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  • Gender and Welfare in Modern Europe
  • Jane Lewis

Modern states have always constructed social provision around the twin poles of paid work and welfare, a system that largely distinguished it from needs-based and arguably universal, but punitively deterrent poor-law systems. Governments have always been concerned about the conditions for providing welfare—policy analysts use the language of entitlements while governments are really concerned with conditions of receipt of cash or services. There has been a longstanding firm conviction too that wages are the best form of welfare. In the United Kingdom almost a hundred years ago the Labour Party fought for a legislative proposal called the Right to Work Bill more fiercely than it did for pensions, while it was not at all keen on the new idea of social insurance because trades unions feared state intrusion into the territory of mutuality. What was at stake of course was the fight for the old-style labour contract, securing regular, full-time work for men, to which social insurance was successfully joined in a range of Western countries between the 1890s and the 1930s, and which is now under profound review.1

At the heart of the modern welfare state was the settlement between capital and labour. Feminist critique2 and recent comparative work on social provision has shown how equally important is the settlement between men and women and the changing nature of family and gender relations.3 Welfare [End Page 39] states have deployed models of individual 'survival' based on relatively firm assumptions about family organization and gender relations. Every welfare system has made assumptions about what 'the family' looks like and how earning and caring are organized. But both the assumptions and the social reality are now in the process of transformation.

The old labour contract was designed first and foremost for the regularly employed male breadwinner, with provision made alongside it for women. The gender settlement meant that those marginal to the labour market got cash cover through dependants' benefits. Alain Supiot has described the labour/capital settlement in terms of security traded for dependence. A similar set of arrangements can be said to have marked the gender settlement. The male-breadwinner family model was based on a set of assumptions about male and female contributions at the household level, with men primarily earning and women caring for the young and old. The male-breadwinner model built into the post-war settlement assumed regular and full male employment and stable families, in which women would be provided for largely through their husbands' earnings and their husbands' social contributions.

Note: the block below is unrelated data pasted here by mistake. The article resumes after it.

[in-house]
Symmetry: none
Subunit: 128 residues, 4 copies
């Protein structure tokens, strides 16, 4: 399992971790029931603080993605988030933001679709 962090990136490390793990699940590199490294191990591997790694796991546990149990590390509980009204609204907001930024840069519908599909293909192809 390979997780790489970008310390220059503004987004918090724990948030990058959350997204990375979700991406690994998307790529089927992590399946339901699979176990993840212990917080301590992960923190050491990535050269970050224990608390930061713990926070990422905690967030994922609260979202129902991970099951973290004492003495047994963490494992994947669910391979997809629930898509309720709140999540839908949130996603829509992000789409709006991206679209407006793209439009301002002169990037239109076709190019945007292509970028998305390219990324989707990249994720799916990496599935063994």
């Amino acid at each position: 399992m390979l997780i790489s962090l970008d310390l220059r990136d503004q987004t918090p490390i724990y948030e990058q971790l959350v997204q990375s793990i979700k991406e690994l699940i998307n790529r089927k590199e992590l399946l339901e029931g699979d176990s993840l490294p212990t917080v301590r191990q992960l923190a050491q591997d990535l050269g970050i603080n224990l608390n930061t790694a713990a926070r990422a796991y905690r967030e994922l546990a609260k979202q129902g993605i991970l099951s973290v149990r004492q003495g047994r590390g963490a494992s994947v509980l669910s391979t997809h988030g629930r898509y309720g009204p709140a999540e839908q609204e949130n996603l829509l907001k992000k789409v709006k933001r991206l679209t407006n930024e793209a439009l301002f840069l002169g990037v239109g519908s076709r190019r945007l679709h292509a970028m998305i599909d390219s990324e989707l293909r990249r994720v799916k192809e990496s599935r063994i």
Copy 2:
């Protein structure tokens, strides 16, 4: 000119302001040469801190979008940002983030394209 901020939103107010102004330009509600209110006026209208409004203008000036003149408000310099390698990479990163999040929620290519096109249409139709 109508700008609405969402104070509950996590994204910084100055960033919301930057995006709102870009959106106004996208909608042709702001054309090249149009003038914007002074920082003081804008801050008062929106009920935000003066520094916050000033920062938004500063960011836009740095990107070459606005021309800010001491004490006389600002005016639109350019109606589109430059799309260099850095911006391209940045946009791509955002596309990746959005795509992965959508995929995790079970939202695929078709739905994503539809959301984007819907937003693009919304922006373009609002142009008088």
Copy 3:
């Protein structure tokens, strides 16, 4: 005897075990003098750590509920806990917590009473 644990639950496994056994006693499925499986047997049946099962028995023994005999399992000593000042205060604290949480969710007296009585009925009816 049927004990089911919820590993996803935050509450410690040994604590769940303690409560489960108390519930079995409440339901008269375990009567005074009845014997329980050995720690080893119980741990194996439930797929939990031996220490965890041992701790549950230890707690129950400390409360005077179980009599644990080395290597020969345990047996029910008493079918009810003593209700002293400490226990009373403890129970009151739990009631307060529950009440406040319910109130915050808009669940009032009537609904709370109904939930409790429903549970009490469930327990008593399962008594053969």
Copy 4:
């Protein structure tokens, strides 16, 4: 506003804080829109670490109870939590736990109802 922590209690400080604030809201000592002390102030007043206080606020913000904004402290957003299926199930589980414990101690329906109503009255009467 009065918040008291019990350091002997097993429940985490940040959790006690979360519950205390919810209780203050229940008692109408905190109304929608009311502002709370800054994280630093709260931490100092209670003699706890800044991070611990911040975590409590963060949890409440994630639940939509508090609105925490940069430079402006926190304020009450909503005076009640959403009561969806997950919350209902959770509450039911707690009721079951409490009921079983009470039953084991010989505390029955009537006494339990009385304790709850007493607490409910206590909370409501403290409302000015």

However, a pure male-breadwinner model never existed in reality, since women always engaged in the labour market. Following the Second World War in many Western countries, people of the middling sort in the United Kingdom (as in United States in the late nineteenth century), together with large tracts of the middle and respectable working classes, lived lives which to a large extent reflected this model. In the second half of the twentieth century increased numbers of women entered the labour market. Indeed, this has become one point of convergence between EU member states. Family change, which has resulted in family breakdown, more fluidity in intimate relationships, and a large increase in single-person households, has also contributed to the erosion of the male-breadwinner model at the behavioural level. As a result, strong arguments have been made that change in family and labour markets may be characterized in terms of increasing 'individualization,'4 with the erosion of traditional family bonds (manifested in the last quarter of the twentieth century in low fertility, higher rates of divorce, extramarital births, lone parenthood, and increasing numbers of single-person households) and more economic independence among women. In part the existence of 'welfare states' and social provision has permitted more risk-taking in individual relationships, for example in the case of women with dependent children leaving unsatisfactory marriages. However, welfare-state restructuring in the last decade or so seems in large measure to have been premised upon the idea of [End Page 40] increasing individual autonomy, and much greater emphasis has been placed on the responsibility of all adults, both...


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pp. 39-54
Launched on MUSE
Open Access
Archive Status
Archived 2007
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